Benchmarking The Past

1 minute read


I’ve recently done some shopping for computer hardware and read a number of reviews on both processors and graphics cards. As with every upgrade of hardware a lot has changed since I last purchased a computer. There are now 24+4 power supplies and 20+4s are being phased out, DDR2 replaces DDR, the new AMD socket is the am2, etc, etc. But even after you get up to speed on the technology and start looking at benchmarks you are still lost. Why? Your CPU and/or graphics card are years old, models behind and don’t register anywhere on the test results.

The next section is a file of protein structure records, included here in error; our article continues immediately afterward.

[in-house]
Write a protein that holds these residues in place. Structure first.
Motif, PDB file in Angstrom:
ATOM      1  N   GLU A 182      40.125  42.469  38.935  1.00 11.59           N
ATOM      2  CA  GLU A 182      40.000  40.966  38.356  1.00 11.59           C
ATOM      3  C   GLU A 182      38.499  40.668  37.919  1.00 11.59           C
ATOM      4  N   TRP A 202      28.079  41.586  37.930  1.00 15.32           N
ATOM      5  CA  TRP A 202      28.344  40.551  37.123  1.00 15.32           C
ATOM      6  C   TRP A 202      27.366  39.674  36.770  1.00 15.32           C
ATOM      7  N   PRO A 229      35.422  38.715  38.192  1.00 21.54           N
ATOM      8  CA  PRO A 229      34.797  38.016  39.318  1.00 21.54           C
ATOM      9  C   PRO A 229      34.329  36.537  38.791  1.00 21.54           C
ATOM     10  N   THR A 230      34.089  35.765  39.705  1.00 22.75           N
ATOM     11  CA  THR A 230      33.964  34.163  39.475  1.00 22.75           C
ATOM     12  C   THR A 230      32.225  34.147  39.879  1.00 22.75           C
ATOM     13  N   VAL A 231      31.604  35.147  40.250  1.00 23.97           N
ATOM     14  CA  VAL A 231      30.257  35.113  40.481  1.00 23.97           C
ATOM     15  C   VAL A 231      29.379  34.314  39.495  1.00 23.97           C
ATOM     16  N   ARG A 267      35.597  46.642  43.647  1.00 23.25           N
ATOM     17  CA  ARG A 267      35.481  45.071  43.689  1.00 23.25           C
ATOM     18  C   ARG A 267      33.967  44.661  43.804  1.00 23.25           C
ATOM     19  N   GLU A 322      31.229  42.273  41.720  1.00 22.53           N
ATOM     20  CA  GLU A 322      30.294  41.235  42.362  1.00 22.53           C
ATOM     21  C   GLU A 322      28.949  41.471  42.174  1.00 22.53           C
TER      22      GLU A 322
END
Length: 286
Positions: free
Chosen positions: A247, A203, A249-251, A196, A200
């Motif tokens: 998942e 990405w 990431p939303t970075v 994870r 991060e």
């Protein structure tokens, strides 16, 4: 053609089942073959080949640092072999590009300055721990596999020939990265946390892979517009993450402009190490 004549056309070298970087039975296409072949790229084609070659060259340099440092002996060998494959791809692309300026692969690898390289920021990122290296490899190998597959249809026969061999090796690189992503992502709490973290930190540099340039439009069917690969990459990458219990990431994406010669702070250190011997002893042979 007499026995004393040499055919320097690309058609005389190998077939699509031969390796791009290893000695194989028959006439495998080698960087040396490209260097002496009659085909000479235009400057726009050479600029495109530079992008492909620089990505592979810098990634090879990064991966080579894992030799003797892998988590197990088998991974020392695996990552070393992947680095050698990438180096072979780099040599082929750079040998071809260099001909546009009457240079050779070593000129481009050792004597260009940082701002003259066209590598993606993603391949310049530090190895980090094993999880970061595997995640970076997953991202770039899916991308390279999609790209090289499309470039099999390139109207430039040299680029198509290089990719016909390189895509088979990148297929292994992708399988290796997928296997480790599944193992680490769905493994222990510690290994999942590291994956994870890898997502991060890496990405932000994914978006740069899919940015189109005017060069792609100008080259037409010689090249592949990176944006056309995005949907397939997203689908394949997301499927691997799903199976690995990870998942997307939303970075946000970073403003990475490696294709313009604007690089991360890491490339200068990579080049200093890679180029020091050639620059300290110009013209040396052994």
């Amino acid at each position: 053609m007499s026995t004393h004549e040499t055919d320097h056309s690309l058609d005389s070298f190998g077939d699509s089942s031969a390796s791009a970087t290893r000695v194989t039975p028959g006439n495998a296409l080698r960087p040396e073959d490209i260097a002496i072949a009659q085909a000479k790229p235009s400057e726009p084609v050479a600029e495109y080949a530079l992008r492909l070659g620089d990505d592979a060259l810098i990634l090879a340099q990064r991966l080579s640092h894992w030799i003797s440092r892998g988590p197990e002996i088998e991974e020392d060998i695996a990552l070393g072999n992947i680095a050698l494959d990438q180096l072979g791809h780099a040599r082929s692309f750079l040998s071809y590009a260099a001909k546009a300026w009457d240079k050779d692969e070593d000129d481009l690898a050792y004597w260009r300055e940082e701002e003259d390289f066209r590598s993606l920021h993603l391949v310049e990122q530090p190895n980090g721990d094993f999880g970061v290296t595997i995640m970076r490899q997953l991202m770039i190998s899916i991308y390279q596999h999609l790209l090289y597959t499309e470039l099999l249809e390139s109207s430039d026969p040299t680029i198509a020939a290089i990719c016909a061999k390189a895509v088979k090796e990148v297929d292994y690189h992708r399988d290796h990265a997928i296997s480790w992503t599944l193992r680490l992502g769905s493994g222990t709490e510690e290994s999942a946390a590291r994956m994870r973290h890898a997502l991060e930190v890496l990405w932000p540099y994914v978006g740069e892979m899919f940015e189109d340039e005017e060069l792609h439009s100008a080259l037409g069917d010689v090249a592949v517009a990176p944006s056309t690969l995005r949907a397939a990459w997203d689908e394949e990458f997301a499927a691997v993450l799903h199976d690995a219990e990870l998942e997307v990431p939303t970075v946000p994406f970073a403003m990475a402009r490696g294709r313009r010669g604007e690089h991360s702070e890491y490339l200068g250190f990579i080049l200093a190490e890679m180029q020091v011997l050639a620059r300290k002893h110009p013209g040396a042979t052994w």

What would be nice is if for example on a graphics card test of Quake 4 (random example) the testers would show the system being reviewed, the few modern cards they are reviewing and then a few older cards that meet the minimum requirements, or minimum recommended requirements for that game. Assuming that game is something you’ve played on your old system and plan to play on your new system you should be able to more accurately register the performance benefits of those new card(s), cpus, etc, etc in your mind. What you’d then be able to compare is not the single digit performance point differences between recent CPUs but multiple digit points between both new and old CPUs.

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